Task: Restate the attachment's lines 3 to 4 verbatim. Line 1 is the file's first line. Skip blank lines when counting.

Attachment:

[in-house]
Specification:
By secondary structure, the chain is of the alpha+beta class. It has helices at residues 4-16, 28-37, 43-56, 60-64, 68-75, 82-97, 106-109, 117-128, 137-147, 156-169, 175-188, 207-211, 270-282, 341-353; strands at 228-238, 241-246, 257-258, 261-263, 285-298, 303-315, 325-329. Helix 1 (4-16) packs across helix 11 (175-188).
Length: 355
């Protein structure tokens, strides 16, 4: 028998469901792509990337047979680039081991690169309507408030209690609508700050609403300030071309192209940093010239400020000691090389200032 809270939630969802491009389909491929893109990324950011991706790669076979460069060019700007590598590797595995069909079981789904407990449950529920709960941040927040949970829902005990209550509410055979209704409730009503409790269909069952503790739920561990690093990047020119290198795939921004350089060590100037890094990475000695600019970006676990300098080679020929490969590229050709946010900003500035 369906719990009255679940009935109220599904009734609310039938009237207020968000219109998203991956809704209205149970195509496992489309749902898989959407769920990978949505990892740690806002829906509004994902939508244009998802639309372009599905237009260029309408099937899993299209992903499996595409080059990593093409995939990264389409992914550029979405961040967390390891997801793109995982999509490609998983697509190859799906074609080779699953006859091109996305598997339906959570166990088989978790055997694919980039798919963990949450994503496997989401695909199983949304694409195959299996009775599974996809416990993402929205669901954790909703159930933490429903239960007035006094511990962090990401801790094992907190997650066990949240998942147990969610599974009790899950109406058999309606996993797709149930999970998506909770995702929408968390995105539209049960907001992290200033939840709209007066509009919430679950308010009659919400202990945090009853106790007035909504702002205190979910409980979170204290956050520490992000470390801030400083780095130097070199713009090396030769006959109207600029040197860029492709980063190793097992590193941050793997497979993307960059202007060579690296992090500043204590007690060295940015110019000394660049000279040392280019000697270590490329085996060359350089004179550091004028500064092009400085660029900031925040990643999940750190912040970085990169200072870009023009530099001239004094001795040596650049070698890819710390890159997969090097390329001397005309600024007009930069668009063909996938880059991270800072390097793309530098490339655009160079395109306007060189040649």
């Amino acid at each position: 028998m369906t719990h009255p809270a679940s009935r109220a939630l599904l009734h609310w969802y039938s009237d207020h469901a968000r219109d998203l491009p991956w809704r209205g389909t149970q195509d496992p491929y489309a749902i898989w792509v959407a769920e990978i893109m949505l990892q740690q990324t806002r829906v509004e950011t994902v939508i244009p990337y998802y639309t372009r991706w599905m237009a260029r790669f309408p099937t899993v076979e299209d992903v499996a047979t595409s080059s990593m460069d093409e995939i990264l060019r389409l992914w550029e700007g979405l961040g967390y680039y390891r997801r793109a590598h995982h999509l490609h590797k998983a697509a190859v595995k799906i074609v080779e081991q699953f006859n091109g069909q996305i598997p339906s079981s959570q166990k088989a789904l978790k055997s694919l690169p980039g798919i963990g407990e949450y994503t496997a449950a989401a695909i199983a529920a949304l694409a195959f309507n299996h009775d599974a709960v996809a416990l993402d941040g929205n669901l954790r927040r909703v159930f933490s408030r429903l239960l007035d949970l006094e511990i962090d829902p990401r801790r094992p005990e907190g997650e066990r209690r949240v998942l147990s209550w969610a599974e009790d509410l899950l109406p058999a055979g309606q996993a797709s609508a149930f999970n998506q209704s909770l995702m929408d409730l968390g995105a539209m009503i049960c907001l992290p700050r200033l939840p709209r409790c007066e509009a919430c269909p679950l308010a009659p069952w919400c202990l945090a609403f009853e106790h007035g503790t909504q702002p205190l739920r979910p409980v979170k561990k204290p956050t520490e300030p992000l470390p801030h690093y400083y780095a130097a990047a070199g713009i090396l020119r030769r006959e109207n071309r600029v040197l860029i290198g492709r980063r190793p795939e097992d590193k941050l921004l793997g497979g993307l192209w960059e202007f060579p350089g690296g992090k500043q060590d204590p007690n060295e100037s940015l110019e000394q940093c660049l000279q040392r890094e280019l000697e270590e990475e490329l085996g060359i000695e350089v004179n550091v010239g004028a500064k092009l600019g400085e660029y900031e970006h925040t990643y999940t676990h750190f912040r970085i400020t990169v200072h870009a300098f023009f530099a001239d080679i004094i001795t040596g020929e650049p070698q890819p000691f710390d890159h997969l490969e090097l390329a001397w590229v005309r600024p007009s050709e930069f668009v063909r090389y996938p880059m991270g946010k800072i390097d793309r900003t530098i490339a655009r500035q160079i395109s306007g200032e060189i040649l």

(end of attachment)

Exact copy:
By secondary structure, the chain is of the alpha+beta class. It has helices at residues 4-16, 28-37, 43-56, 60-64, 68-75, 82-97, 106-109, 117-128, 137-147, 156-169, 175-188, 207-211, 270-282, 341-353; strands at 228-238, 241-246, 257-258, 261-263, 285-298, 303-315, 325-329. Helix 1 (4-16) packs across helix 11 (175-188).
Length: 355